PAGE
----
Hello, Destructoid. Believe it or not, The Play it/Avoid it Report is back after an extended hiatus. I'm going to skip my traditional intro and dive right in. Let's do this.
Games like Spelunky and The Binding of Isaac have already shown me how much roguelike elements can breath new life into well-worn concepts, so when I heard the name Rogue Legacy, I knew I was in for a treat. In spirit, Rogue Legacy is like Castlevania. Players choose from a pool of playable characters with different classes, spells and genetic quirks, and must traverse a dungeon full of evil knights, wizards and undead horrors in their quest for glory. Not only is the dungeon layout completely different every time you embark on a new quest, but things like items and enemies are randomized as well, meaning you never quite know what will be behind the next door. It�s an exciting but sometimes brutal experience that encourages experimentation and vigilance.
Death is very common in Rogue Legacy, especially when you�re first starting out, but the upgrade system in the game ensures that no run is a total loss. Any gold you collect is passed down to your next of kin and can be used to purchase skill upgrades (which affect all future characters), better classes, and even new equipment. Slowly but surely, you�ll increase your players health, magic and attack power, which increases your chance of survival, which lets you collect more gold, which of course allows you to purchase more upgrades. It�s a pretty satisfying gameplay loop that cuts down on a lot of the frustrations of permadeath, but it�s not without some problems of it�s own. These become less of an issue the longer you play, but early on it can feel like you�re taking baby steps towards an unreachable goal.
There were a few other niggling issues that became increasingly more annoying the longer I played. Being forced to re-equip every single new character with armor and runes to suit their class before each run was a chore. I would have loved the option to save a loadout for each class. I also think they could have added more game-changing genetic quirks to the mix. Baldness and IBS are funny to see the first time around, but since they don�t have any real affect on gameplay, they quickly become uninteresting. And since there�s a fairly small pool of quirks to begin with, they show up pretty frequently. I�m having a lot of fun with Rogue Legacy (currently playing NG++++++++) but I think I�m more excited about how much further they could take this concept with a sequel.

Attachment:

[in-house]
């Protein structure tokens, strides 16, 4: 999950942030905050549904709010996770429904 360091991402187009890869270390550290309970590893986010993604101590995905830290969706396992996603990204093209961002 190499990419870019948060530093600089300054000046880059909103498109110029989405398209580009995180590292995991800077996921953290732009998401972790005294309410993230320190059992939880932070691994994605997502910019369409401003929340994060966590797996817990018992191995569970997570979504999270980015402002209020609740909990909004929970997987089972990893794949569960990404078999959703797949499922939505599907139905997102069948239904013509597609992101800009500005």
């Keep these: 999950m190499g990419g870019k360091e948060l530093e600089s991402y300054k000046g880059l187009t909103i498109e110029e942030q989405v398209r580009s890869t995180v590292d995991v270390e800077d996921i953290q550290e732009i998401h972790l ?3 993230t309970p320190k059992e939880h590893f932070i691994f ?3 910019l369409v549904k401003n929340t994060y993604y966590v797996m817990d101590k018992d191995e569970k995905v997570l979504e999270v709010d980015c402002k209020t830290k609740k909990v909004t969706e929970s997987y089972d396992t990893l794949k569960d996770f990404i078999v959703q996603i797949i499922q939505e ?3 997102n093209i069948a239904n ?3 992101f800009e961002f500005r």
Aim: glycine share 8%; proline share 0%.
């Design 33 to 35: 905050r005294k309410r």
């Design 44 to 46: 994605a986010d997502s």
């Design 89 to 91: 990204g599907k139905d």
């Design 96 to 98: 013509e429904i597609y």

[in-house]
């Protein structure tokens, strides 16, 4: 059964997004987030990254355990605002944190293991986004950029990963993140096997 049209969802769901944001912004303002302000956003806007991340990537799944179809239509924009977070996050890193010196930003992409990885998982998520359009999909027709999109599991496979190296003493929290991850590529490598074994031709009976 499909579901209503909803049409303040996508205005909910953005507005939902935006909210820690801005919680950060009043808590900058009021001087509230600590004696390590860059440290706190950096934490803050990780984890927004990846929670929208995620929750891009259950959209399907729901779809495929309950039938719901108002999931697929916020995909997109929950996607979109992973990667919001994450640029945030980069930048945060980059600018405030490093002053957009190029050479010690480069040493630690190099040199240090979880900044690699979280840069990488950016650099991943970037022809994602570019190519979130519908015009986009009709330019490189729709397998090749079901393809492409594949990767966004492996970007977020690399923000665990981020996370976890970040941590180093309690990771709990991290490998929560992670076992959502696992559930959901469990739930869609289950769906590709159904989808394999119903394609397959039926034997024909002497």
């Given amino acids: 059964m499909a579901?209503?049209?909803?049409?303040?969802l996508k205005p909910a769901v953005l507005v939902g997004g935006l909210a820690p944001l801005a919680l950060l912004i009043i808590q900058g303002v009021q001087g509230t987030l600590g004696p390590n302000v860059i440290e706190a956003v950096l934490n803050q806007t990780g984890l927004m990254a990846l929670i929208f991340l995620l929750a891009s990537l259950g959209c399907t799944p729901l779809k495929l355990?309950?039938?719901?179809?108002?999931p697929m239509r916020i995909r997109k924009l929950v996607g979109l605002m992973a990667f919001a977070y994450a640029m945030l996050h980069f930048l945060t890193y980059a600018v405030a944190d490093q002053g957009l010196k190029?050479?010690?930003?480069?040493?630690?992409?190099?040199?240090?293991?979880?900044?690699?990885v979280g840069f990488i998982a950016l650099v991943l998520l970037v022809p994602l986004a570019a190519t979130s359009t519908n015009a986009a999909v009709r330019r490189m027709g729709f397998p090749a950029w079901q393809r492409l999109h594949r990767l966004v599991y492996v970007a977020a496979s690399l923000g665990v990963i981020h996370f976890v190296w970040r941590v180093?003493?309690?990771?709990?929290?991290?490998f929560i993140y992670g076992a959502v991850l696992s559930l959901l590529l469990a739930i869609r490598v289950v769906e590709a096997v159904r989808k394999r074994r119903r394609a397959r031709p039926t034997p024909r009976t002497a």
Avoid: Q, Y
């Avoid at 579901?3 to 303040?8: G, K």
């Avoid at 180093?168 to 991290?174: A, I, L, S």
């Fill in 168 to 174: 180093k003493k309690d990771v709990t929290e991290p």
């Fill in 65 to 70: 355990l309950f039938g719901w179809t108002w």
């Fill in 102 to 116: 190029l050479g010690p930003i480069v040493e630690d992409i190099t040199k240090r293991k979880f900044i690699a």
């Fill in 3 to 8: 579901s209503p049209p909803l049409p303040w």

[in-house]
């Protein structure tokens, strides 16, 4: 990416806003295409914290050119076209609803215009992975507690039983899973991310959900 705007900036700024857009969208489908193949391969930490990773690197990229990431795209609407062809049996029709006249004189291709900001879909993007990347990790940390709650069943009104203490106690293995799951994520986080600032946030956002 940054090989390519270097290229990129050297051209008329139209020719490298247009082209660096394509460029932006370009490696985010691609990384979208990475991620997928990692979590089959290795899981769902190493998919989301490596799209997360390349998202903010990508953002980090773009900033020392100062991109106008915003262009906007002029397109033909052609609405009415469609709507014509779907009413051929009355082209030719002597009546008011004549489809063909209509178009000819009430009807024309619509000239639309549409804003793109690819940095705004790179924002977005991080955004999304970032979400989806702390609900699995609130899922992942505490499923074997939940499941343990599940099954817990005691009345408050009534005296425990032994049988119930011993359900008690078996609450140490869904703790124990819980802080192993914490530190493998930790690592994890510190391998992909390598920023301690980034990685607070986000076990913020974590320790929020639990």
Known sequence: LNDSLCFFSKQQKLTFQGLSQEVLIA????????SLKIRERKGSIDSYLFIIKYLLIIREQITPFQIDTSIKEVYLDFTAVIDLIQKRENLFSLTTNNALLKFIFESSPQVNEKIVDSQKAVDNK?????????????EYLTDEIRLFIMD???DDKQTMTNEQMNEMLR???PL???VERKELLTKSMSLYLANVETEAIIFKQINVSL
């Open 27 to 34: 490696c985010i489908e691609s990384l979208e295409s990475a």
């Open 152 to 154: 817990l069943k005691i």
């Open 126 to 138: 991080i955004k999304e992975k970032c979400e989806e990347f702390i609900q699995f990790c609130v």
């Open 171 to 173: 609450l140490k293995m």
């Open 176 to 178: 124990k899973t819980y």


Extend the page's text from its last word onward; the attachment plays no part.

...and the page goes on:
if you�re looking for something to satisfy your hunger for roguelikes while you wait for The Binding of Isaac: Rebirth to drop and make all your dreams come true.
if you don�t have the patience for games that force you to fail repeatedly before they get �fun�.
Thanks for reading, guys. I wish I had the patience to write a better outro but struggling with the Dtoid blog editor has nearly ruined my weekend. See ya next time!
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